Pro Raft Guide Training

Private Boaters: If you are a private boater looking to expand your skills and knowledge, or just get in on some preseason boating please look at the syllabus to decide which module to attend. You are welcome to attend one or more days of a specific module in order to focus in on what you're looking to learn. In an effort to support the local whitewater boating community and share knowledge and information for the benefit of all, all Triad guide training sessions will be open to the public for $50 per day, and can be booked easily online at any time. River schedule is listed below and you will receive emails with directions to meeting locations and any other information you'll need. Unless otherwise arranged, it is expected that you will have all of your own equipment. Our staff can help with some things like shuttles, pumps, etc.

Potential Future Guides of Triad River Tours: We offer a 3 module, 50 hour guide training curriculum which can be taken on a day by day basis at $50 per day or done over 3 weekends to complete the course and be offered a Guide Training certificate which meets and exceeds all legal requirements set forth in Washington RCW79A.60.430 The training provides more flexibility by allowing trainees to attend the same or different modules on different rivers as they move through their skill building progression. Guides that intend on working for Triad should make this explicit, and may be invited to attend all of the trainings. Each module is progressive, with skill building, rescue scenario enactment, and classroom study, to ensure that each subject is thoroughly retained, and repeatedly practiced. Guides that miss a day here or there can make it up under permission from their lead instructor to ensure they still qualify for the Washington State guide certification.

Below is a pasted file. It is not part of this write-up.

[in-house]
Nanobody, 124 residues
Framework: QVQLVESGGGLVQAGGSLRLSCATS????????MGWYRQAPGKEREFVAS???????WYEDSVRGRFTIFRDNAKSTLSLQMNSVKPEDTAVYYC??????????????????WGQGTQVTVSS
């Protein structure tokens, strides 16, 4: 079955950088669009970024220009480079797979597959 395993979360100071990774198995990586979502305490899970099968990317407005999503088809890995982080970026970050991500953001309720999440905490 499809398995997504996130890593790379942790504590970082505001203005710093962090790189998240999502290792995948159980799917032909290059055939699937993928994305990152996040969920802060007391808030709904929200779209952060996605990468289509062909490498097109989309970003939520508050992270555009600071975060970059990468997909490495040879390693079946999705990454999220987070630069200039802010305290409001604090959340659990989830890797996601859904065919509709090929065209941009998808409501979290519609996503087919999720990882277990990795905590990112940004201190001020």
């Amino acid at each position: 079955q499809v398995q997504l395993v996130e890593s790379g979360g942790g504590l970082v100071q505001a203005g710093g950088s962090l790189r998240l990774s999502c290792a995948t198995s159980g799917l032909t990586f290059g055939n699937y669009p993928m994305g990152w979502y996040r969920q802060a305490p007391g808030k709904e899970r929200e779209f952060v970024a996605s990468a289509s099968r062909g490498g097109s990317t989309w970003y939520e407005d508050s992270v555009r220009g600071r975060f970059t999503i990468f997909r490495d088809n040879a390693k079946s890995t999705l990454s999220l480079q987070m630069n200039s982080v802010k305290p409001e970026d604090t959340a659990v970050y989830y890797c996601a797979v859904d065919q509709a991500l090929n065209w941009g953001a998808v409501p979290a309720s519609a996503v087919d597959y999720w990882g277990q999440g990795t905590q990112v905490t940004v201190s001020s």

Guides attending a training who intend on working at Triad River Tours may attend more than the required trainings in order to enhance their skill set in preparation for professional guiding. All guide training participants must have current First Aid/CPR prior to training. We prefer that guides complete the SRT-1 course through Swiftwater Safety Institute prior to beginning guide training (the SRT-1 counts for approximately half of the legal requirement for your guides certificate). All modules must be completed in succession to receive certificate of completion. All guide training applicants are asked to have their own personal equipment (we will provide you with wholesale pricing and pro deals on gear); if you do not have your own gear Triad company equipment can be rented for $10/day for wetsuit/helmet/PFD. Guides who would like to be considered for employment should email a resume and statement of intent to

In the view of our management, we need to set the standard in the industry for quality assurance, training, and preparation for career guides. Obviously, our first priority is the safety of the public. We run whitewater rivers in a very unregulated state, which has some of the most dangerous river features possible (cold water, tree falls, changing river corridors) and one of the worst safety records (as a state) in the nation. We take this very seriously, and so should potential river guides.